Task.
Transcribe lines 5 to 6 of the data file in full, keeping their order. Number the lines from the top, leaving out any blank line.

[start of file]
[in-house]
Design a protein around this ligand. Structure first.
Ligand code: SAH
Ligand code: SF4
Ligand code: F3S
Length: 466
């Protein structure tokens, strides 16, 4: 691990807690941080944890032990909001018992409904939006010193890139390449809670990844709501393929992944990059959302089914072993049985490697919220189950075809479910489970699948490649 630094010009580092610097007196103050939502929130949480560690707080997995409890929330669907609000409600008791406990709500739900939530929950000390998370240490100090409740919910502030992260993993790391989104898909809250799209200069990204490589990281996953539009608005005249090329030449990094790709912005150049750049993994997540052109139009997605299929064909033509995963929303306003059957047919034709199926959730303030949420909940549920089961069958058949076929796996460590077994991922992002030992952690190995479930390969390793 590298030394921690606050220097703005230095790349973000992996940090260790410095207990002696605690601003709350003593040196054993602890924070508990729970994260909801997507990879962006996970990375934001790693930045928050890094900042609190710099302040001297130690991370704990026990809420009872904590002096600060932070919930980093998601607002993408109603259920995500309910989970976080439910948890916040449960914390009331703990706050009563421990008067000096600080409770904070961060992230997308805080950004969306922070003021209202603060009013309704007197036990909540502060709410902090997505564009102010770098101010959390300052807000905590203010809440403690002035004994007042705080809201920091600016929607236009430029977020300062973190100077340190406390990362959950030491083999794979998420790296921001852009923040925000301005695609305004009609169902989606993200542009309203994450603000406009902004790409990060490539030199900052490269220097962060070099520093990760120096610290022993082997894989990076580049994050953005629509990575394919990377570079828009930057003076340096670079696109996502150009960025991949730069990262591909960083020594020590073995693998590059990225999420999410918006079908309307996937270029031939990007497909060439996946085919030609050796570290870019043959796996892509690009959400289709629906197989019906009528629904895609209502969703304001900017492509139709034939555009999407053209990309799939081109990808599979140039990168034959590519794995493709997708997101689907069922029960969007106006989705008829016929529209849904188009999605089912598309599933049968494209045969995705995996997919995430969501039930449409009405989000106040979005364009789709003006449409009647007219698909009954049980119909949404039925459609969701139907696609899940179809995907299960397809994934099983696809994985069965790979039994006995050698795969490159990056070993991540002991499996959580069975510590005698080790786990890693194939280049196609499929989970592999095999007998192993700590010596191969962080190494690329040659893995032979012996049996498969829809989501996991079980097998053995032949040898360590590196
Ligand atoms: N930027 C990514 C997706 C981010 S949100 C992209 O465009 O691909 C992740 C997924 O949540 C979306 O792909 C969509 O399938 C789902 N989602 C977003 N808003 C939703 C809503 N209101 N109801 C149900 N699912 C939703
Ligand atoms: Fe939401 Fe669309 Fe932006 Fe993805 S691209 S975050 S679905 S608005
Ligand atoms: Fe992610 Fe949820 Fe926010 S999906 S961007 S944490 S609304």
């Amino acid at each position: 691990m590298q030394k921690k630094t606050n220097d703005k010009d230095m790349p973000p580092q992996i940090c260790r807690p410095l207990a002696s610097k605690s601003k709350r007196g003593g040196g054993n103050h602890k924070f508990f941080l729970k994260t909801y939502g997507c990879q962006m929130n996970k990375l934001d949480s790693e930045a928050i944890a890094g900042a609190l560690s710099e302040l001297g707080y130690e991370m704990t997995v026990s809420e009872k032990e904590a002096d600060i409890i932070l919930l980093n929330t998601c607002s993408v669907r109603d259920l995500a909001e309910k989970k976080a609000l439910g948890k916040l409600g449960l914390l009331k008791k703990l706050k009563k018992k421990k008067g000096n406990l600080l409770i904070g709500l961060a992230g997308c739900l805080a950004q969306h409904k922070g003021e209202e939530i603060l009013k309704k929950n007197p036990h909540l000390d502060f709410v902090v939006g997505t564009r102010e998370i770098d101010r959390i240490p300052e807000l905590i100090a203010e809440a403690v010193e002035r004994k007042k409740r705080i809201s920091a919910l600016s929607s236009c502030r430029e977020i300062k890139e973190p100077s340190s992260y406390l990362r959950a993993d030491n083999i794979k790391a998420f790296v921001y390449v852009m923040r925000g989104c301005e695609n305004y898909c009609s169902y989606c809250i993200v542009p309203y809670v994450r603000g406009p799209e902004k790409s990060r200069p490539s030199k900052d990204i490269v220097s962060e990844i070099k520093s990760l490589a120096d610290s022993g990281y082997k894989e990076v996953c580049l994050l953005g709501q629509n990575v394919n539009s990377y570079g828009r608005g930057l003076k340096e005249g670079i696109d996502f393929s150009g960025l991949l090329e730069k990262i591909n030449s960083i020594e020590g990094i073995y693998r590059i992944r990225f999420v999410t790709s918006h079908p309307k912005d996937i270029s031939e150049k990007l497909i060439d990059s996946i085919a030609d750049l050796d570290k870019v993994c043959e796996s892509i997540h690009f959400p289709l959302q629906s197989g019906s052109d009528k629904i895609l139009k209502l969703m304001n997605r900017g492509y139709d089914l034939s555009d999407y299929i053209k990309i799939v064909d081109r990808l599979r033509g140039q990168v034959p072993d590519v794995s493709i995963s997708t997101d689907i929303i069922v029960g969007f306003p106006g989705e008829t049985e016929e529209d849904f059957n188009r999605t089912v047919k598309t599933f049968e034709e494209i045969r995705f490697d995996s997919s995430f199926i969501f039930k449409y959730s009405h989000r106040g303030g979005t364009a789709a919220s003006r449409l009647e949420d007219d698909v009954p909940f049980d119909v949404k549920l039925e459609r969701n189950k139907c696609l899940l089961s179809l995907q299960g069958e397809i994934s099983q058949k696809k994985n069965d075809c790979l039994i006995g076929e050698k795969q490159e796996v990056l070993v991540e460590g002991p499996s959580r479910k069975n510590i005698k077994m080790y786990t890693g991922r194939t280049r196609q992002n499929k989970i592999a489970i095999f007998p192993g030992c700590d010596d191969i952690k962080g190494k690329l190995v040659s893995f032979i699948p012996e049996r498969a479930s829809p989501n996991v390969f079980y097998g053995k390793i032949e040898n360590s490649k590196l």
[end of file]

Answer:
Ligand code: F3S
Length: 466